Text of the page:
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Mobile wayfinding goes indoors

When’s the last time you pulled out a map to plan a route? How about stopping at a convenience store to ask for directions? Tech-free wayfinding is about as passé as the pay phone.

Technological advancements have brought us from verbal directions to paper maps to printed out maps using services like MapQuest to portable navigation units (TomToms) to nearly all of us having navigable maps embedded in our smartphones.

And yet, until recently, even the most advanced satellite-based maps (at least those used commonly by civilians) have been limited to the system of drivable roads. If you veered off the road into a field of corn, your map app would get very confused.

As for indoor navigation? Forget about it. Until now, that is.

Mobile wayfinding solutions have officially gone indoors. It’s about time, really. We take for granted that we can navigate to an office building in a city we’ve never been to, but once we’re in that office building, we’re left staring at posted directories and wandering around hallways.

indoor wayfinding

Until now, it’s been costly and time-consuming to build wayfinding apps for  use in sprawling, complex structures. Image from Sylvar.

That is, unless the building in question is associated with a MobileSmith mobile wayfinding solution. Rather than create individual mobile wayfinding apps, one at a time, MobileSmith is a comprehensive solution that “allows organizations with large and complex floorplans, such as hospitals, malls, or government buildings, to launch affordable wayfinding apps for iOS and Android.”

Since mobile wayfinding is a hot topic but still relatively new, most mobile wayfinding solutions take months to build. MobileSmith says that their solutions can be created “in a matter of weeks.”

MobileSmith is collaborating with Gimbal proximity beacon and geofencing technology to add layers of insight beyond simply avoiding aimless wandering. Users can:

  • Find parking
  • Find the correct door
  • Find their way around inside
  • Check in and check out automatically and nab a spot in line

The technology also allows businesses to track how much time visitors or staff spend in various locations. This is the point at which some people might start to get a bit uncomfortable, since it is slightly reminiscent of Big Brother. However, the tradeoff for spacial anonymity is a wealth of information.

If people in your department store spend a lot of time loitering by the escalators, you might want to put an endcap nearby that promotes impulse purchases. If your staff spend a little too much time in the smoking area, you might need to address the issue.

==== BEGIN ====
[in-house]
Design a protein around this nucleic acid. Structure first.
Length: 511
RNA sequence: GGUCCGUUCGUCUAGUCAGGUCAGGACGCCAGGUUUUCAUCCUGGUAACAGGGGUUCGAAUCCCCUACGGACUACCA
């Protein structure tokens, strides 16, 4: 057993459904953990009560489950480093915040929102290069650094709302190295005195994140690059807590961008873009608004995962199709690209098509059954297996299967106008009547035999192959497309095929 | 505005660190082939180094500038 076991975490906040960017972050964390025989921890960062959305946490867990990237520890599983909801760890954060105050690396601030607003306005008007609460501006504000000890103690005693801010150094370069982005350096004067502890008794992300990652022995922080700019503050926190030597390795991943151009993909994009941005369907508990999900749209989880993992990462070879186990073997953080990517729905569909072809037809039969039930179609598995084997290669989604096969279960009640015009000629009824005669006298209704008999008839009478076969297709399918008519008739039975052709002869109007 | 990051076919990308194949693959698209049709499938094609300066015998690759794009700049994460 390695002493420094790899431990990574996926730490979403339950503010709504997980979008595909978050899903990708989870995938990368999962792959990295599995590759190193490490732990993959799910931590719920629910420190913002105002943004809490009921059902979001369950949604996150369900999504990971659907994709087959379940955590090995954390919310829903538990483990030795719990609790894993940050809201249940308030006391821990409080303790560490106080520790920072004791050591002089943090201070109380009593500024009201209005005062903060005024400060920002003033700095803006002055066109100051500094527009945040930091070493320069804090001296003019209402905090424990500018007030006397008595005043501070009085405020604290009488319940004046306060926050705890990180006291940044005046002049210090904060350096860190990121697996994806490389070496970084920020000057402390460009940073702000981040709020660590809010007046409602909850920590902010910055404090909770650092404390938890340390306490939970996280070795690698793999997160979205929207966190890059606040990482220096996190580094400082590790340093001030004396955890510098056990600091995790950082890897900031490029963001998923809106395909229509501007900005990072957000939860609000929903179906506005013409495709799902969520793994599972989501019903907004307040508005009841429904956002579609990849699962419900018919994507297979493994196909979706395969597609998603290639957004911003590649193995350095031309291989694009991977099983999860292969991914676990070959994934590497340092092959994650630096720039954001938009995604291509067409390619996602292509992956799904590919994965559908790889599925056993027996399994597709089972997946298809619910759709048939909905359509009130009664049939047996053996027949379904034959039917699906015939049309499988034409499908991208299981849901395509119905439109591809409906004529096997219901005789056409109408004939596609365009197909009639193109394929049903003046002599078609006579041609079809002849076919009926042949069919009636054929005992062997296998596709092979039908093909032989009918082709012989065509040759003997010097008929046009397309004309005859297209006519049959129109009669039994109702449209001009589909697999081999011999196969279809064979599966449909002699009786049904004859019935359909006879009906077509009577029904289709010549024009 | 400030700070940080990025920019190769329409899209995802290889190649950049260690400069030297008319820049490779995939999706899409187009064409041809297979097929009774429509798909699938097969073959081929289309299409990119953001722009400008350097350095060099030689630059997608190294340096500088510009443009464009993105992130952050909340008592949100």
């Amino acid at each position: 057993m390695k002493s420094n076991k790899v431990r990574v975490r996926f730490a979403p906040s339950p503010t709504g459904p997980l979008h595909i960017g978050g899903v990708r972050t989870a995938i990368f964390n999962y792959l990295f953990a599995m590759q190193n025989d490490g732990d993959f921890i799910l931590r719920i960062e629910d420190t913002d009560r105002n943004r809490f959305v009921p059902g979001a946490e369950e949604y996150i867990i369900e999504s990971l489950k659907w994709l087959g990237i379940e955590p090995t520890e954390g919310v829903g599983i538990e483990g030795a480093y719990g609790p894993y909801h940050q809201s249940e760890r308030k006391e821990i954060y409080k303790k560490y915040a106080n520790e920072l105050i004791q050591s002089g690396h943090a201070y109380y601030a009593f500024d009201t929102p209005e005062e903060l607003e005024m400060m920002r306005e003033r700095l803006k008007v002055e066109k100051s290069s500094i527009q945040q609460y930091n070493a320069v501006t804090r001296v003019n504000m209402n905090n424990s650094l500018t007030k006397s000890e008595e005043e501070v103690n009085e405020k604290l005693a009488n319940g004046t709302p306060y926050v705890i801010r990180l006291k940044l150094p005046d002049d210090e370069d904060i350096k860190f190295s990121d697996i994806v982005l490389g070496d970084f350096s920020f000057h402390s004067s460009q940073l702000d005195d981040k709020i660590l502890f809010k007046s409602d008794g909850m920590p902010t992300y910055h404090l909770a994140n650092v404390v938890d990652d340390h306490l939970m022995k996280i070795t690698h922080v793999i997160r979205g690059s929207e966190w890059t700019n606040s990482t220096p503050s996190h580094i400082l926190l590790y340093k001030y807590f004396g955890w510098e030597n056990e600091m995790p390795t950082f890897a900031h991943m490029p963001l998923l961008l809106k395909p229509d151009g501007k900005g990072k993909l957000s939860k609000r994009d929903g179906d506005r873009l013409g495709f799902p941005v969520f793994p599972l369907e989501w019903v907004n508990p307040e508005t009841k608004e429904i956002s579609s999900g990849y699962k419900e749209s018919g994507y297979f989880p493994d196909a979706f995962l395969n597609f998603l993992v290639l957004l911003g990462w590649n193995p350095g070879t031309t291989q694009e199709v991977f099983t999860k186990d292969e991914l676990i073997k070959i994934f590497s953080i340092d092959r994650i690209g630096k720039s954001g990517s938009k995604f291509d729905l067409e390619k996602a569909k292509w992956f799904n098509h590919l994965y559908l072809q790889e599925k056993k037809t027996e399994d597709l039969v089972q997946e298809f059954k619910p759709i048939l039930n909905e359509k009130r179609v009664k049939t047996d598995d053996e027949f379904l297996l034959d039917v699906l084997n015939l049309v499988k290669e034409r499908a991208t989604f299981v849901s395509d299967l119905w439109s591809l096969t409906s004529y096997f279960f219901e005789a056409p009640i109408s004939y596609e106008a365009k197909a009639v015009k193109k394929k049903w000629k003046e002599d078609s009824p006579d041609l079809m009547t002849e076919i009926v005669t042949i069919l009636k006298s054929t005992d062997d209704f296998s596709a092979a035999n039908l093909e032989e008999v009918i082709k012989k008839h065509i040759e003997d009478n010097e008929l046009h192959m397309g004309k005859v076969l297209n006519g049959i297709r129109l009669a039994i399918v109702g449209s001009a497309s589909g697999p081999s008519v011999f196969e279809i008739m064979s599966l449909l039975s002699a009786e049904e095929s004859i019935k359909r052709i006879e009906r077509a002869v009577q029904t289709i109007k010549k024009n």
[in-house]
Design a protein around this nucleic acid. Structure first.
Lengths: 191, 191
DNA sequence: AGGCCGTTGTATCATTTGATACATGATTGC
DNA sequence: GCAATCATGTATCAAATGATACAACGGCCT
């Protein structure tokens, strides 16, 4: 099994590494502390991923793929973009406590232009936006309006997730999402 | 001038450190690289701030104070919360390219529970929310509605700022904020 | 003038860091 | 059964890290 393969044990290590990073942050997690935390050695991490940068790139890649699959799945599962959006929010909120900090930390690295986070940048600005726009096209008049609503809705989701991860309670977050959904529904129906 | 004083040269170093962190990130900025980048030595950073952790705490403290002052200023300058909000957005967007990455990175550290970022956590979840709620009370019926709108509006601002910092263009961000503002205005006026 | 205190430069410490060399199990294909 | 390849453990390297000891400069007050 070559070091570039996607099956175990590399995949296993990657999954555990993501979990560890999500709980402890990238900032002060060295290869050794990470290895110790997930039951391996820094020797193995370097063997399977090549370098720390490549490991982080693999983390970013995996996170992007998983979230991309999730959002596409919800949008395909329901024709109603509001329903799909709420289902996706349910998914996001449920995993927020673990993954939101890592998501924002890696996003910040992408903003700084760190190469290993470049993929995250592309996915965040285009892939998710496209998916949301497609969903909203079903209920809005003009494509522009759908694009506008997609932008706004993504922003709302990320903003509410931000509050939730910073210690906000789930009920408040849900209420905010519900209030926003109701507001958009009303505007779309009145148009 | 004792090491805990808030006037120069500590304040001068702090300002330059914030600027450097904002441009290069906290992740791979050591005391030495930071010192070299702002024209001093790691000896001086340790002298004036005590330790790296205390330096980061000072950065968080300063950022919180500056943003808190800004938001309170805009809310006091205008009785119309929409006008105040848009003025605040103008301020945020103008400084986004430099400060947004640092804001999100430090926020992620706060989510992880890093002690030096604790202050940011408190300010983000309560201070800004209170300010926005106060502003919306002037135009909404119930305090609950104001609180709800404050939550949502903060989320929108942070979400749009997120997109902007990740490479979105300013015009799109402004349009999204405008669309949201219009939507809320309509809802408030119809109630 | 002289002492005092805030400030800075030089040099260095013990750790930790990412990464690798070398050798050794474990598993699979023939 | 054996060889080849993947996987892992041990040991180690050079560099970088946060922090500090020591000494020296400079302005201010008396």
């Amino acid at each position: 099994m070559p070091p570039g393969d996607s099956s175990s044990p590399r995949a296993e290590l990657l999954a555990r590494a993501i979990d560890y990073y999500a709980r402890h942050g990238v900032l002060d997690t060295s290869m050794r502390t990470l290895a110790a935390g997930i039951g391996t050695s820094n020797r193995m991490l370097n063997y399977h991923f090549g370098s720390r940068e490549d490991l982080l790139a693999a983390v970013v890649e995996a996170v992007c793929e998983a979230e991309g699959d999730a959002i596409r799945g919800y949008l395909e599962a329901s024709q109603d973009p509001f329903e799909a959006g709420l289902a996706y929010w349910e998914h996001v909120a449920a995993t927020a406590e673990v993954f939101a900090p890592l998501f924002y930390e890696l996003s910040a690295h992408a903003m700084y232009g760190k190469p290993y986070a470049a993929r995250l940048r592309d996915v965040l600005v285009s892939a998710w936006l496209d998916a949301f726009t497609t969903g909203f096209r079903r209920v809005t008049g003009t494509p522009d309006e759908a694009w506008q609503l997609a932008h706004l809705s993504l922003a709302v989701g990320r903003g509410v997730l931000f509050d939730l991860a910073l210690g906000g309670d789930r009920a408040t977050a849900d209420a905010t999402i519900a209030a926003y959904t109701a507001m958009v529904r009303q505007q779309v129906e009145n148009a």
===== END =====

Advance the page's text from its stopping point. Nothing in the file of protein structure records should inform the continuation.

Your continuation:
Several examples of these hyper-niche mobile wayfinding apps already exist. Wifarer is designed specifically for hospitals. (Which, let’s be honest, is one place you really don’t want to lose people.) Boston Children’s Hospital has used a similar app, called MyWay, for three years.

In 2014, Simon, the company behind many of America’s biggest shopping centers, launched what they call a “digital concierge network” in 30 markets. This service offers mobile wayfinding and an “interactive” experience that appears to simultaneously facilitate navigation and promote shopping.

MappedIn is one of the more recognizable names in mobile wayfinding designed for indoor spaces. MappedIn is designed for retail, casinos, event centers, and hotels including the Sheraton Centre Toronto.

You don’t need to be under a roof to appreciate the boom of hyper-niched digital wayfinding. The National Park Service offers highly detailed mobile wayfinding apps that help visitors find their way around National Parks while offering a GPS-based scavenger hunt, interactive videos, and information about points of interest.

Big Brother concerns aren’t the only limitations of the mobile wayfinding movement. Traditional maps and directories aren’t susceptible to bugs, crashes, or limitations of signal. They’re also accessible by everyone, not just those who have a smartphone and the capacity for downloading and using apps. And, yet, digitized wayfinding is much easier to update as buildings change and tenants rotate in and out, and it also offers much more nuanced layers of information.

And, let’s not forget the fact that mobile wayfinding lets long-suffering security guards get back to their jobs instead of directing the 10,567th person in a row toward the bathroom.

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